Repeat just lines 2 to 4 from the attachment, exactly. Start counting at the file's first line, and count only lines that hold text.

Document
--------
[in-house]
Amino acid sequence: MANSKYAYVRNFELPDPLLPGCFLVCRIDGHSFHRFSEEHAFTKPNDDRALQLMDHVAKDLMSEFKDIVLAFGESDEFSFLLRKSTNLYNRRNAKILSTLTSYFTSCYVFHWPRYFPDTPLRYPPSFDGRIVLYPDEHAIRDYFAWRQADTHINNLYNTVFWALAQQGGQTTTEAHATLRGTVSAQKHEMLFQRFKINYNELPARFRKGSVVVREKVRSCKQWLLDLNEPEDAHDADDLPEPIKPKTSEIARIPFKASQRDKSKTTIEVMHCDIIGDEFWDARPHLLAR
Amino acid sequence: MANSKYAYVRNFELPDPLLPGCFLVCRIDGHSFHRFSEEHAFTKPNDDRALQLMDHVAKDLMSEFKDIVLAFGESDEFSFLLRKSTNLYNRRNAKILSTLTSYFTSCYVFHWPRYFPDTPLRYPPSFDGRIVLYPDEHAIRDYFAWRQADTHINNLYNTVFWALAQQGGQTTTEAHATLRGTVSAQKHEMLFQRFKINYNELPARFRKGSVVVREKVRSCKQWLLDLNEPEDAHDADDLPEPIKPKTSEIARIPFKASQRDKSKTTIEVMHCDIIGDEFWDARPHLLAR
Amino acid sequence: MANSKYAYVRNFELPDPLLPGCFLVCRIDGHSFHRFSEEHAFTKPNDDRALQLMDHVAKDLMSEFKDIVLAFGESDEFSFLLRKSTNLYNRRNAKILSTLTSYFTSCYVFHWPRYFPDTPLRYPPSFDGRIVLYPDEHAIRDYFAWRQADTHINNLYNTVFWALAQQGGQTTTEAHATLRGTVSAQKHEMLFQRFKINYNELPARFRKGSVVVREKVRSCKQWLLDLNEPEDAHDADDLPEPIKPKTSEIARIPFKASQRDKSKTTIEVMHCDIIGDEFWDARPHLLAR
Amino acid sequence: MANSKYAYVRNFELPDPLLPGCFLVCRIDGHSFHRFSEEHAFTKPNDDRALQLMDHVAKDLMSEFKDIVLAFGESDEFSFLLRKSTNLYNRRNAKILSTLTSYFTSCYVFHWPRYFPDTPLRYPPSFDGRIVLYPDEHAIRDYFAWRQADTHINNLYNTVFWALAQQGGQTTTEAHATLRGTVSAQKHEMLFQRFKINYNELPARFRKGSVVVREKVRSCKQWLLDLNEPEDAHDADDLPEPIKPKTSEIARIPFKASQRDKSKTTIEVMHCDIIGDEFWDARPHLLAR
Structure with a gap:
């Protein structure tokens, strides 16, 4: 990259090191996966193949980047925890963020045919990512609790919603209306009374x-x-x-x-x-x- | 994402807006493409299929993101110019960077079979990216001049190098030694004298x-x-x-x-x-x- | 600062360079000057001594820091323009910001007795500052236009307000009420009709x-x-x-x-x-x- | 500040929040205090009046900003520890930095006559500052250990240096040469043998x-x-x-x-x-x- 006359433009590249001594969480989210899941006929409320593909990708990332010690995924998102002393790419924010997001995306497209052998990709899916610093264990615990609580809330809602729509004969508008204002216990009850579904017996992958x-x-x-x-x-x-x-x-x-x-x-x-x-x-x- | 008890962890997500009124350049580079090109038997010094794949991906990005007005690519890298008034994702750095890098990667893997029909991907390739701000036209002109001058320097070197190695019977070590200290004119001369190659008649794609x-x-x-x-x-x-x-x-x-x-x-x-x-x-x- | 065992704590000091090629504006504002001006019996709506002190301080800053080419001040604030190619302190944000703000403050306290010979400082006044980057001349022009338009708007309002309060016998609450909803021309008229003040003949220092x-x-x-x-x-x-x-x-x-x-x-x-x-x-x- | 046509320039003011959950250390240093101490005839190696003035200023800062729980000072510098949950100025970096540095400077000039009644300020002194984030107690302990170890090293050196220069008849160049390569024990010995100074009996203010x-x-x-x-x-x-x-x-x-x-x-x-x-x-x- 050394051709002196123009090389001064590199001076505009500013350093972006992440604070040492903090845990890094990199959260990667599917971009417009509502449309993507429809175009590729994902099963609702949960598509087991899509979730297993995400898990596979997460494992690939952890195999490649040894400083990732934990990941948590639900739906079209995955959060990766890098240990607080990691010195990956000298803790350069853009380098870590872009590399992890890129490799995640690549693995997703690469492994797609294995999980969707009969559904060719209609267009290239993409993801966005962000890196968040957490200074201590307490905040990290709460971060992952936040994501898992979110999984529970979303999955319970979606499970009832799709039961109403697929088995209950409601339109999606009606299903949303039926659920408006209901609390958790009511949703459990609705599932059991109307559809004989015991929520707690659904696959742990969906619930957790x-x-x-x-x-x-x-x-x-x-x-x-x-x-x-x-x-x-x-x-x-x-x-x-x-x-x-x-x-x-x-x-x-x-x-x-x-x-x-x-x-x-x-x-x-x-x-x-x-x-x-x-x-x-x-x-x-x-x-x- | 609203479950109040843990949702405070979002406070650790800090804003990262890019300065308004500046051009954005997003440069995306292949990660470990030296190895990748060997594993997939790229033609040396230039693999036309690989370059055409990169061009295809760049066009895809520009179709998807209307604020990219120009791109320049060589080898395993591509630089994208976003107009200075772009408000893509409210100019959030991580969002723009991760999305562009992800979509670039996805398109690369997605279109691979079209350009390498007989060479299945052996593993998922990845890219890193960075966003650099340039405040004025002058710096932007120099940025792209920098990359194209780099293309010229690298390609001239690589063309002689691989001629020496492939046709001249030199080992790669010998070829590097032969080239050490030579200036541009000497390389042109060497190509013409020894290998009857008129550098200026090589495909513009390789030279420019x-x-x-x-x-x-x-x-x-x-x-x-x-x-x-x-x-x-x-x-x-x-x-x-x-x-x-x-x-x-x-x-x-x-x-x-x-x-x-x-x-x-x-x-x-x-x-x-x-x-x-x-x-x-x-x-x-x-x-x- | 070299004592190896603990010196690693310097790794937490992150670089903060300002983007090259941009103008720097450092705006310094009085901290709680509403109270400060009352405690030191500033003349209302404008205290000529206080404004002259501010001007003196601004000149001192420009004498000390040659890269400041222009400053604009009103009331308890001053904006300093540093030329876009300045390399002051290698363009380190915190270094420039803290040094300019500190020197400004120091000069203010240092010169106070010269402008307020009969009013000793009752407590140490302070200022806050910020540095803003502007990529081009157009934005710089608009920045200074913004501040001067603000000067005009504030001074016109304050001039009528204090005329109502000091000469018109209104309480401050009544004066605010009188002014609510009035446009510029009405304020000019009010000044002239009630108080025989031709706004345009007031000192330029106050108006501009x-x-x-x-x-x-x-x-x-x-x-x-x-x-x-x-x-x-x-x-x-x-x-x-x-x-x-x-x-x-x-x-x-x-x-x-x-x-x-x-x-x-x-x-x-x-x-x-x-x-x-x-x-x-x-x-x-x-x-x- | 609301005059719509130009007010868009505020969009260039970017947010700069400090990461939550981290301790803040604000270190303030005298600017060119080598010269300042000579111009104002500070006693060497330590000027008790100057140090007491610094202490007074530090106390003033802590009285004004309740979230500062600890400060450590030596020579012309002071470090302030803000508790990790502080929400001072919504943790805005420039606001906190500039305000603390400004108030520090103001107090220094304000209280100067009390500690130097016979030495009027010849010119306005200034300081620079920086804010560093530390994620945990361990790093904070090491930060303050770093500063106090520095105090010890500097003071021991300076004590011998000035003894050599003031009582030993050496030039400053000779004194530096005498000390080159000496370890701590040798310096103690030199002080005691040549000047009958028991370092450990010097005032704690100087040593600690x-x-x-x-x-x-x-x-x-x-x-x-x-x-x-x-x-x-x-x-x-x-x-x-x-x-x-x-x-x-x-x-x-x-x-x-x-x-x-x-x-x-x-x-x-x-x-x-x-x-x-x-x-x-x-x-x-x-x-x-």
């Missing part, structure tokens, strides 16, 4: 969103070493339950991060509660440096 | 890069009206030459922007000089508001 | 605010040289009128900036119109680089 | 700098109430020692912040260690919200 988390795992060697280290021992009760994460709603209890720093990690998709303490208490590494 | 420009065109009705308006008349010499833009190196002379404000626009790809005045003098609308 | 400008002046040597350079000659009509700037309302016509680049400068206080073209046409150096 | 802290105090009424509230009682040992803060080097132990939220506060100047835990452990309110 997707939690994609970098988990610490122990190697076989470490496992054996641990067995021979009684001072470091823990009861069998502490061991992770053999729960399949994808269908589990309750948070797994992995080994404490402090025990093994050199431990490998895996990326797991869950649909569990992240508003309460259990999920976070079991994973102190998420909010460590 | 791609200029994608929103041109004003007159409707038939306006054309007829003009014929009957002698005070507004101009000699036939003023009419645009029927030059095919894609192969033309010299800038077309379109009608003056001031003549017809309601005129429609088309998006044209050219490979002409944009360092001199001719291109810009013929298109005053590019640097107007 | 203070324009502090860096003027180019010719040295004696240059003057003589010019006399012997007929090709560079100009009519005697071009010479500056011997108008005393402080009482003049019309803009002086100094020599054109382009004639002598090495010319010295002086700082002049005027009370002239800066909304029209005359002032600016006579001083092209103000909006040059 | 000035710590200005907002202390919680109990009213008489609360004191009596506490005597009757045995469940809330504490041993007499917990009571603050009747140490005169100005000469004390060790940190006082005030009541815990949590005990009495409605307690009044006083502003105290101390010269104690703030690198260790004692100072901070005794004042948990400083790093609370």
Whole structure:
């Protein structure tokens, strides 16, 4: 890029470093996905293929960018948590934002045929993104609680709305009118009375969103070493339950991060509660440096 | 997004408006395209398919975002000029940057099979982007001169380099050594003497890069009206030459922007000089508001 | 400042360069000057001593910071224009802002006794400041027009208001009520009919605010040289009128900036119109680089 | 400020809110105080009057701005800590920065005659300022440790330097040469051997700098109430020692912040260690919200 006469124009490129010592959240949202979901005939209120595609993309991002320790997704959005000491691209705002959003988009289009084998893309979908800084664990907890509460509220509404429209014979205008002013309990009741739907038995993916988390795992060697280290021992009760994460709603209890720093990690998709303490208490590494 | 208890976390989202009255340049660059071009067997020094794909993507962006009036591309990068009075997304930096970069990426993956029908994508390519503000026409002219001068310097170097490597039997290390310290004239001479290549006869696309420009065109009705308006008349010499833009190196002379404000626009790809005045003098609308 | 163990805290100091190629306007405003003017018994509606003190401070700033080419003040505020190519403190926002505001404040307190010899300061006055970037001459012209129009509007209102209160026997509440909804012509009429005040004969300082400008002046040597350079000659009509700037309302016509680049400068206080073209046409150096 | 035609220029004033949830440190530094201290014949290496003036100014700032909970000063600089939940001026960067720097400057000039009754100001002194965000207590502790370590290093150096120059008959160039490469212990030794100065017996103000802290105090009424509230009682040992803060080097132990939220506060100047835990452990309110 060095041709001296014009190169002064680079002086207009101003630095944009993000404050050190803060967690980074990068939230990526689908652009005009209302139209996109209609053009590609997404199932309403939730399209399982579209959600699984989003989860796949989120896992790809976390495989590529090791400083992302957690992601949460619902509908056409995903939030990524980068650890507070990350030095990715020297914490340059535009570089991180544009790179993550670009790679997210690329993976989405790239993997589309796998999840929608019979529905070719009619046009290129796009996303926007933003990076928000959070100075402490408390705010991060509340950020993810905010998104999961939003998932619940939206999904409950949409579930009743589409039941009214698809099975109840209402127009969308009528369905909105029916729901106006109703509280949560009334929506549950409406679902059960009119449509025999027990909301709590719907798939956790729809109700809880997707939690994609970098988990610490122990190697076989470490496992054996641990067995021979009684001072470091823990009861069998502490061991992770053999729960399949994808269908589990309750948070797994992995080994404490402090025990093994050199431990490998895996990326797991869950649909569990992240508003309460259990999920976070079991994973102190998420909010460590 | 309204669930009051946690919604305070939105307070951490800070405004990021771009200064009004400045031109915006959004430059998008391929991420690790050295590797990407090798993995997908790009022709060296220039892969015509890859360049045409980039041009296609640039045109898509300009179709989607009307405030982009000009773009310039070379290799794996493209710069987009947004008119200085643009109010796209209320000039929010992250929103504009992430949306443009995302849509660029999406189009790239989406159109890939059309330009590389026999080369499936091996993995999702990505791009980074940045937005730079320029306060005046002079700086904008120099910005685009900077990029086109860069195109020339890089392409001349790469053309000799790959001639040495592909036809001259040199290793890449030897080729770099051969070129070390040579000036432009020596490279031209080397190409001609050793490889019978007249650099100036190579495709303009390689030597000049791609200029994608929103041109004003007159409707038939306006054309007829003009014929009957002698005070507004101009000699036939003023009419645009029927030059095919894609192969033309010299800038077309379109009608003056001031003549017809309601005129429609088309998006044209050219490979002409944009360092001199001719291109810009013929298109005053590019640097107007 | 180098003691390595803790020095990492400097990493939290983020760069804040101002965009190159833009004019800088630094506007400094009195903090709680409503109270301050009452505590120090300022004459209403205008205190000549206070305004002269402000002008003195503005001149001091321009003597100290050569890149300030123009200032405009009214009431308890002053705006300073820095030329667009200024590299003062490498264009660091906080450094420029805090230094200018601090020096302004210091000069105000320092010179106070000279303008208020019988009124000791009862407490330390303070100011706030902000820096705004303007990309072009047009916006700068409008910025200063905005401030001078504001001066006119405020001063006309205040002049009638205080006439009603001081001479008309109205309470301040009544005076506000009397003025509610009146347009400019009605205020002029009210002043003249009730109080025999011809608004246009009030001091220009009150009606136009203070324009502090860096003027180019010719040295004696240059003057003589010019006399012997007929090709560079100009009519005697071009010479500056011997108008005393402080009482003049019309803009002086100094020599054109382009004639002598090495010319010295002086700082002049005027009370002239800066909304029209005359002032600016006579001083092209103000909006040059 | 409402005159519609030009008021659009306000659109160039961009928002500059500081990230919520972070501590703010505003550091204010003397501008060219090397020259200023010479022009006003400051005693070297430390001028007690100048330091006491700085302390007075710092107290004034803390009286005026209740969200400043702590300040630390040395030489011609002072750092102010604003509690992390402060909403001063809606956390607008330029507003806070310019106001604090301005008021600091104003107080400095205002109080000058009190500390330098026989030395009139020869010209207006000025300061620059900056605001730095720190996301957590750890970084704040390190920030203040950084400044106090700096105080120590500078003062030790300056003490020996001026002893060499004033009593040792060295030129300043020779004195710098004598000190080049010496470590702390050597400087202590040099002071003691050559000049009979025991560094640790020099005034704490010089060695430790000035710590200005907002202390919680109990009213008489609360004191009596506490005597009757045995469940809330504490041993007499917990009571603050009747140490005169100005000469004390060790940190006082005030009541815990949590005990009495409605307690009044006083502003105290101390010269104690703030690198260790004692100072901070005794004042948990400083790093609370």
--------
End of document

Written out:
Amino acid sequence: MANSKYAYVRNFELPDPLLPGCFLVCRIDGHSFHRFSEEHAFTKPNDDRALQLMDHVAKDLMSEFKDIVLAFGESDEFSFLLRKSTNLYNRRNAKILSTLTSYFTSCYVFHWPRYFPDTPLRYPPSFDGRIVLYPDEHAIRDYFAWRQADTHINNLYNTVFWALAQQGGQTTTEAHATLRGTVSAQKHEMLFQRFKINYNELPARFRKGSVVVREKVRSCKQWLLDLNEPEDAHDADDLPEPIKPKTSEIARIPFKASQRDKSKTTIEVMHCDIIGDEFWDARPHLLAR
Amino acid sequence: MANSKYAYVRNFELPDPLLPGCFLVCRIDGHSFHRFSEEHAFTKPNDDRALQLMDHVAKDLMSEFKDIVLAFGESDEFSFLLRKSTNLYNRRNAKILSTLTSYFTSCYVFHWPRYFPDTPLRYPPSFDGRIVLYPDEHAIRDYFAWRQADTHINNLYNTVFWALAQQGGQTTTEAHATLRGTVSAQKHEMLFQRFKINYNELPARFRKGSVVVREKVRSCKQWLLDLNEPEDAHDADDLPEPIKPKTSEIARIPFKASQRDKSKTTIEVMHCDIIGDEFWDARPHLLAR
Amino acid sequence: MANSKYAYVRNFELPDPLLPGCFLVCRIDGHSFHRFSEEHAFTKPNDDRALQLMDHVAKDLMSEFKDIVLAFGESDEFSFLLRKSTNLYNRRNAKILSTLTSYFTSCYVFHWPRYFPDTPLRYPPSFDGRIVLYPDEHAIRDYFAWRQADTHINNLYNTVFWALAQQGGQTTTEAHATLRGTVSAQKHEMLFQRFKINYNELPARFRKGSVVVREKVRSCKQWLLDLNEPEDAHDADDLPEPIKPKTSEIARIPFKASQRDKSKTTIEVMHCDIIGDEFWDARPHLLAR